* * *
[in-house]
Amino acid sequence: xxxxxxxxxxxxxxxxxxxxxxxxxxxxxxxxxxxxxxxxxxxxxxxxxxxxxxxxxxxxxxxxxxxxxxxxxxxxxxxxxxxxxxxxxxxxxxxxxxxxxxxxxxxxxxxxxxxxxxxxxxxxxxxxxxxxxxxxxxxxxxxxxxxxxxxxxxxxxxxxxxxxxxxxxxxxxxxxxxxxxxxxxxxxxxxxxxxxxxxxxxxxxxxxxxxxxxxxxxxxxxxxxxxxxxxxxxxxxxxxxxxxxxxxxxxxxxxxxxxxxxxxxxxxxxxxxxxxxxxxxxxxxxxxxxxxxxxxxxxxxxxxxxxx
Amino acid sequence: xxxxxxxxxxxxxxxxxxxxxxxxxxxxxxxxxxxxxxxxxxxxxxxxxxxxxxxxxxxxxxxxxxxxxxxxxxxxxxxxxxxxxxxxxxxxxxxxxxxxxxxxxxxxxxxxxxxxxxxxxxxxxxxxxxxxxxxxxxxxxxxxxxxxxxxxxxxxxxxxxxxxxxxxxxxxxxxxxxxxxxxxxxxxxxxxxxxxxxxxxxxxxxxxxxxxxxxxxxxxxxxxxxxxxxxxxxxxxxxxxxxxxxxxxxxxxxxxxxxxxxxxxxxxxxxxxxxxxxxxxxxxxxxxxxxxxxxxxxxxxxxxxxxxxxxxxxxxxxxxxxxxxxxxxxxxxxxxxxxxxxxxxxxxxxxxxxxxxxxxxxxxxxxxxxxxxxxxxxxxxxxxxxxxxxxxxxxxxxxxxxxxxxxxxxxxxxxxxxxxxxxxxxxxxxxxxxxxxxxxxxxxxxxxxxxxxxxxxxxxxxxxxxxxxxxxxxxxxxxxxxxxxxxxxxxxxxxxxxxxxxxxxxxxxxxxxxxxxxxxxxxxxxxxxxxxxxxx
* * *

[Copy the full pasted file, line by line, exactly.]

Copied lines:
[in-house]
Amino acid sequence: xxxxxxxxxxxxxxxxxxxxxxxxxxxxxxxxxxxxxxxxxxxxxxxxxxxxxxxxxxxxxxxxxxxxxxxxxxxxxxxxxxxxxxxxxxxxxxxxxxxxxxxxxxxxxxxxxxxxxxxxxxxxxxxxxxxxxxxxxxxxxxxxxxxxxxxxxxxxxxxxxxxxxxxxxxxxxxxxxxxxxxxxxxxxxxxxxxxxxxxxxxxxxxxxxxxxxxxxxxxxxxxxxxxxxxxxxxxxxxxxxxxxxxxxxxxxxxxxxxxxxxxxxxxxxxxxxxxxxxxxxxxxxxxxxxxxxxxxxxxxxxxxxxxx
Amino acid sequence: xxxxxxxxxxxxxxxxxxxxxxxxxxxxxxxxxxxxxxxxxxxxxxxxxxxxxxxxxxxxxxxxxxxxxxxxxxxxxxxxxxxxxxxxxxxxxxxxxxxxxxxxxxxxxxxxxxxxxxxxxxxxxxxxxxxxxxxxxxxxxxxxxxxxxxxxxxxxxxxxxxxxxxxxxxxxxxxxxxxxxxxxxxxxxxxxxxxxxxxxxxxxxxxxxxxxxxxxxxxxxxxxxxxxxxxxxxxxxxxxxxxxxxxxxxxxxxxxxxxxxxxxxxxxxxxxxxxxxxxxxxxxxxxxxxxxxxxxxxxxxxxxxxxxxxxxxxxxxxxxxxxxxxxxxxxxxxxxxxxxxxxxxxxxxxxxxxxxxxxxxxxxxxxxxxxxxxxxxxxxxxxxxxxxxxxxxxxxxxxxxxxxxxxxxxxxxxxxxxxxxxxxxxxxxxxxxxxxxxxxxxxxxxxxxxxxxxxxxxxxxxxxxxxxxxxxxxxxxxxxxxxxxxxxxxxxxxxxxxxxxxxxxxxxxxxxxxxxxxxxxxxxxxxxxxxxxxxx